For anyone who has seen a romantic comedy before, what follows from this set-up should be no surprise. The romantic leads will initially have an intense dislike for each other. She will confide in her best friend (Joan Cusack of "Arlington Road"), and he will with his best friend (Hector Elizondo). As they continue to spend time with one another, they will share some deep conversations, find some common ground, and soon begin to see each other in a different light. They will fall in love, and share that first blissful kiss during some awkward moment. They will find a brief moment of happiness, which will come to a crashing halt due to extenuating circumstances. And finally, they will look deeply within and find the courage to kiss, make up, and live happily ever after.

I didn't do it on purpose, despite what you may think. And I don't plan to do it again.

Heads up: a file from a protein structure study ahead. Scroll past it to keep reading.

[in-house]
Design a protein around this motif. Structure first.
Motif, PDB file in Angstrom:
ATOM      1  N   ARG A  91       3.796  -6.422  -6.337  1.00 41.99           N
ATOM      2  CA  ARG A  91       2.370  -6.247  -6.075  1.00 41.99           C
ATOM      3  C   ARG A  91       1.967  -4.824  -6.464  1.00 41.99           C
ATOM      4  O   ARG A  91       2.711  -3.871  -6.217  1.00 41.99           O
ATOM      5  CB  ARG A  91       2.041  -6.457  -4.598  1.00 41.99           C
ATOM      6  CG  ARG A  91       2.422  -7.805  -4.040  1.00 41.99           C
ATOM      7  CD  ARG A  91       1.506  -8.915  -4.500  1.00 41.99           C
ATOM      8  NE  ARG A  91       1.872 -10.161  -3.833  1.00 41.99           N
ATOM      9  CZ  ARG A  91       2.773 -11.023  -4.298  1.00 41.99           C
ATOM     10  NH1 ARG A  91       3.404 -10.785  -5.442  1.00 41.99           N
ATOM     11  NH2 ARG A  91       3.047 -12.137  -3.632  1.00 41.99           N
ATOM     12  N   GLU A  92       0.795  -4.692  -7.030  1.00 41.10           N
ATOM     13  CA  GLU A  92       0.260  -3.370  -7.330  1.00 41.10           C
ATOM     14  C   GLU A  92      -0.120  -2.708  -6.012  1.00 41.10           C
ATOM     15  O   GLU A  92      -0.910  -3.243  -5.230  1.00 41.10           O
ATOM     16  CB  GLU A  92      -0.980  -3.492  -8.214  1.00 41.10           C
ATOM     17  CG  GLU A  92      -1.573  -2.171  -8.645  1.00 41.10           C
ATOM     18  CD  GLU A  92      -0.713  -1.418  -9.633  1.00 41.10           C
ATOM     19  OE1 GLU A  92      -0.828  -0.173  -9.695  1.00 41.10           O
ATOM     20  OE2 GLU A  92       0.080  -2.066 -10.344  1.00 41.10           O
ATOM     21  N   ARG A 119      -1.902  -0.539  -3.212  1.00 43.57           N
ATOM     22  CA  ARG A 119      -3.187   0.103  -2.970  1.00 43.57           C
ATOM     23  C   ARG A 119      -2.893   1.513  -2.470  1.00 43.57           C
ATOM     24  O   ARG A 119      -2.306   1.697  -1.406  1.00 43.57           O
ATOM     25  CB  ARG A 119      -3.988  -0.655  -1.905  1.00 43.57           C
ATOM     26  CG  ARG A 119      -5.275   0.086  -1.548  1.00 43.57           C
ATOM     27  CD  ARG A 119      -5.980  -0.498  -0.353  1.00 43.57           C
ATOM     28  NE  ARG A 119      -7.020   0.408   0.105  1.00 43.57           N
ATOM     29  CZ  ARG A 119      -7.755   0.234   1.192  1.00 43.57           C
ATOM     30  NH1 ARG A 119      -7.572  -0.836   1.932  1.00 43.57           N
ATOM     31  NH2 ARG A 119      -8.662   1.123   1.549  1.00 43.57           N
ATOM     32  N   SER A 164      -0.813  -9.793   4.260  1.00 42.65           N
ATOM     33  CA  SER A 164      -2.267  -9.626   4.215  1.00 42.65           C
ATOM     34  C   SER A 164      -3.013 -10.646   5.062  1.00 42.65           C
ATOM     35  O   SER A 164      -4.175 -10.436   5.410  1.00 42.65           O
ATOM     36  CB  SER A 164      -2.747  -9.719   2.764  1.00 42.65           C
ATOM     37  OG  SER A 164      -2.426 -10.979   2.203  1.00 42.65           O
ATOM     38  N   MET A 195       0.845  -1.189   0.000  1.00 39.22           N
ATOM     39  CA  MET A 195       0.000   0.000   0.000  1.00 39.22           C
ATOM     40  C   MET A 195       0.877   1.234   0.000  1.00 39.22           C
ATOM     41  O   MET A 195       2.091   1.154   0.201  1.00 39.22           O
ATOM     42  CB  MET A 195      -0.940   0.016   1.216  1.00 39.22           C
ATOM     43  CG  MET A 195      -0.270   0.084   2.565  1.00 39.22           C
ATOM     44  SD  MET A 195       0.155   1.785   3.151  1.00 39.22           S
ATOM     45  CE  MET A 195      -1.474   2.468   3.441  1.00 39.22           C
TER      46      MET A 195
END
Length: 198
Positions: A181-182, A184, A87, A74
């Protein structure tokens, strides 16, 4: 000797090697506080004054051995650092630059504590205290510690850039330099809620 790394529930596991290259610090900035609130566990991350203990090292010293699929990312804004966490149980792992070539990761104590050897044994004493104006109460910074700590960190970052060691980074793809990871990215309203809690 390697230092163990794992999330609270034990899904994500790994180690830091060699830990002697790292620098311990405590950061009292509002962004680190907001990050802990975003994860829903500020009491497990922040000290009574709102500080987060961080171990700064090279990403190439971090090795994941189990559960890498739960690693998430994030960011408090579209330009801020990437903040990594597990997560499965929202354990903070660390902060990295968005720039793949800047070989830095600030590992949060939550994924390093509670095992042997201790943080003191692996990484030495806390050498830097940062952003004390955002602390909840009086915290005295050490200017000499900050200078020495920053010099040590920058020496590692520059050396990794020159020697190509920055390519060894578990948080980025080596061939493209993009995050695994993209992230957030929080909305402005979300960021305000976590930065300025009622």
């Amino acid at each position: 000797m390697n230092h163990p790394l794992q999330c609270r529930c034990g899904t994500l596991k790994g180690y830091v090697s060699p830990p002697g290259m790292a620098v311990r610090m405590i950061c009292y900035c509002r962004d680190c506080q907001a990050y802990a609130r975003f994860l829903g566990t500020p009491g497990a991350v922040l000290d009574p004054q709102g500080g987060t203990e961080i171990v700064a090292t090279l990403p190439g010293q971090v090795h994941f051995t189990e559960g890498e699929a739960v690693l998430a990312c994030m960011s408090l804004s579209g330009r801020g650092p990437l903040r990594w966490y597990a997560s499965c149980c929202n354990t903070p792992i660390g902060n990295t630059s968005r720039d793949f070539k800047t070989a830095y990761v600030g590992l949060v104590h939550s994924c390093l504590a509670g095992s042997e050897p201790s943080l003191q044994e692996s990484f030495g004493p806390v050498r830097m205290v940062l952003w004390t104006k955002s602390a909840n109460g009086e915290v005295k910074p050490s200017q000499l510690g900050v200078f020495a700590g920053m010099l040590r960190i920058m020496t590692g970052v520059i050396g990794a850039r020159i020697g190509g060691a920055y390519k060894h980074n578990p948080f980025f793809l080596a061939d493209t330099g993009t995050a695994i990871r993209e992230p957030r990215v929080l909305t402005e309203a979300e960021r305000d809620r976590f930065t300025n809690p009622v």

The theme that holds "Runaway Bride" together is actually quite interesting. Both Ike and Maggie are people who find it easier to live their lives by adopting the options of others instead of looking within to make their own decisions (this same theme was explored in Wong Kar Wai's "Fallen Angels"). Maggie has a history of putting the needs of others above her own, even to her own detriment (she doesn't even know how she likes her eggs, since she always has 'the same as what he's having'). Ike is very similar, vicariously living his life by writing about the foibles of other people in his column, instead of taking an introspective look at, and dealing with, his own flaws. As these two similar individuals come together, they come to see that their mutual lack of self-understanding is the source of their own respective stagnation. Not bad, huh?